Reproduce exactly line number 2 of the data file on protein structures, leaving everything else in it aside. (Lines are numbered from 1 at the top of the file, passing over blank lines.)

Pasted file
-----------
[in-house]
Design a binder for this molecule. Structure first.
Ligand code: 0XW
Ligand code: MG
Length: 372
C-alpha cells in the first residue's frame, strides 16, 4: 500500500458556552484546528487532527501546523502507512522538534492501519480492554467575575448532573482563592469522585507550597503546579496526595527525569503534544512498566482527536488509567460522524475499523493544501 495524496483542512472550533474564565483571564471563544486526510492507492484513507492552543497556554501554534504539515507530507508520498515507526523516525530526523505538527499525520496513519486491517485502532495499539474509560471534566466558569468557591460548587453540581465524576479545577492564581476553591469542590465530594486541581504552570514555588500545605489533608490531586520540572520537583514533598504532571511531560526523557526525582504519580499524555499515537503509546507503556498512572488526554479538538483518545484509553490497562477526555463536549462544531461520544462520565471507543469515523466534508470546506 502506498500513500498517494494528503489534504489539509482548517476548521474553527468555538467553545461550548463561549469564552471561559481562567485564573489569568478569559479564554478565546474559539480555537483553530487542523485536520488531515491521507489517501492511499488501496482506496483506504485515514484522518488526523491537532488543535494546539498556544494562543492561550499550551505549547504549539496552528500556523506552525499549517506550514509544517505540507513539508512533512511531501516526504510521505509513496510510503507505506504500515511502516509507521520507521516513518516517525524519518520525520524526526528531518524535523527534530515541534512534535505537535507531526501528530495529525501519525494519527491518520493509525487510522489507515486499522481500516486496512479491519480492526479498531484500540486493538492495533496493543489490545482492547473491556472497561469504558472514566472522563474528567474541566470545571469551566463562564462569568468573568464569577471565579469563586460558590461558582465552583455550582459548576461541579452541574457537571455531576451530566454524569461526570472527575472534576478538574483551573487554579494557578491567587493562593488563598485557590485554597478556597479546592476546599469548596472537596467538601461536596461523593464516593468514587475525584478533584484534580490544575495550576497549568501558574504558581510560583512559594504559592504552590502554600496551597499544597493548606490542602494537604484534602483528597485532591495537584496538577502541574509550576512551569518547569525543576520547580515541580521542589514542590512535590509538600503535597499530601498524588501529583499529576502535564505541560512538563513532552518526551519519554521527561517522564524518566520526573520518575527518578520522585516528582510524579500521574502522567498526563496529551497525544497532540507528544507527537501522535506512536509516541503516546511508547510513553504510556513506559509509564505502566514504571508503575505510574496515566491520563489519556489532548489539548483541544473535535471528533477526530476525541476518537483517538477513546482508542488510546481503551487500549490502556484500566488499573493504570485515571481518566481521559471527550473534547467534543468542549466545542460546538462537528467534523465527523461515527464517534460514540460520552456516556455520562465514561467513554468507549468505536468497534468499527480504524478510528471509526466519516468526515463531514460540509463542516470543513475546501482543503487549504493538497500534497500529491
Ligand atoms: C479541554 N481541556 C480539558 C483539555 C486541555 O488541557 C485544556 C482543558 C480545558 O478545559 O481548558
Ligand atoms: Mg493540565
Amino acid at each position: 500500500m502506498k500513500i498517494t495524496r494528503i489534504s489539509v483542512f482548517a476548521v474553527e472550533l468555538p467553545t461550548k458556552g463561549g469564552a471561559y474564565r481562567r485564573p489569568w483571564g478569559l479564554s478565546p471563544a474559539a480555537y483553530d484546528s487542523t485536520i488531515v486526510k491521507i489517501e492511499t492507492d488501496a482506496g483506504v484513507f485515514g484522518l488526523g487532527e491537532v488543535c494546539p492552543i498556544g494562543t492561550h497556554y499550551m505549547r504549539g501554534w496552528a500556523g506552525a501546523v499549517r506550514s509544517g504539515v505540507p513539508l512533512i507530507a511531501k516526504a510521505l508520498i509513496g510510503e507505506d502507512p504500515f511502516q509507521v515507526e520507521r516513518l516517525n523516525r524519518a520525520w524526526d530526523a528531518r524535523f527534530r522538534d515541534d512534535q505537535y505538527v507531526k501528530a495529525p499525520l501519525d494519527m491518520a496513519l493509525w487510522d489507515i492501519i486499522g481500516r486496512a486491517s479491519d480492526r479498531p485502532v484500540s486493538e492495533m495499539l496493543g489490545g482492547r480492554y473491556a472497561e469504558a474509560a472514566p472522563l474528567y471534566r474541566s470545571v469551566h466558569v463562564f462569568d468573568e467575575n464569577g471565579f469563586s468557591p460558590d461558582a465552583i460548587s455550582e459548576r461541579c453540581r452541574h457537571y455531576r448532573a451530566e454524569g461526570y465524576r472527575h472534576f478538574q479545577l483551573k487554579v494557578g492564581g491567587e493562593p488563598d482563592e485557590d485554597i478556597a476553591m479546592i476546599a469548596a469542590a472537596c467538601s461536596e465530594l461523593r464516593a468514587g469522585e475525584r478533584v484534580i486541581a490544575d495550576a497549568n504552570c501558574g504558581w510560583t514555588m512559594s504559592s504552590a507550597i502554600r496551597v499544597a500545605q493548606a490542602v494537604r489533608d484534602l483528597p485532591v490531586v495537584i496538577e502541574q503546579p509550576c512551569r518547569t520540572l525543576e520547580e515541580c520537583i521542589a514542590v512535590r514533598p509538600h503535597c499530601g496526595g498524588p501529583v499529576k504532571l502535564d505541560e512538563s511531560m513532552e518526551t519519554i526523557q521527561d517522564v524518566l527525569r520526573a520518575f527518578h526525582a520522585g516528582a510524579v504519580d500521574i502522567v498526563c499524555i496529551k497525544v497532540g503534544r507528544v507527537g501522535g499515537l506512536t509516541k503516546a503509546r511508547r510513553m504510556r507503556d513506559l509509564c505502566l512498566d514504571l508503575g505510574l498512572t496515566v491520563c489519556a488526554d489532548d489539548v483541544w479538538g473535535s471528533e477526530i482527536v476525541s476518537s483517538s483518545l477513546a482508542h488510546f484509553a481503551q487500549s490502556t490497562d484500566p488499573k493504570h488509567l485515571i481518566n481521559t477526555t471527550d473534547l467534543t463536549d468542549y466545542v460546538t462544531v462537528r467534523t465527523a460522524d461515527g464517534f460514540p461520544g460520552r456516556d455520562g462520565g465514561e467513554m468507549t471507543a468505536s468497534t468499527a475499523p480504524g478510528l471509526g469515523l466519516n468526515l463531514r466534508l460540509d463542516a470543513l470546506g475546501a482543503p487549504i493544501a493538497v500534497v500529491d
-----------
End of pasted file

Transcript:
Design a binder for this molecule. Structure first.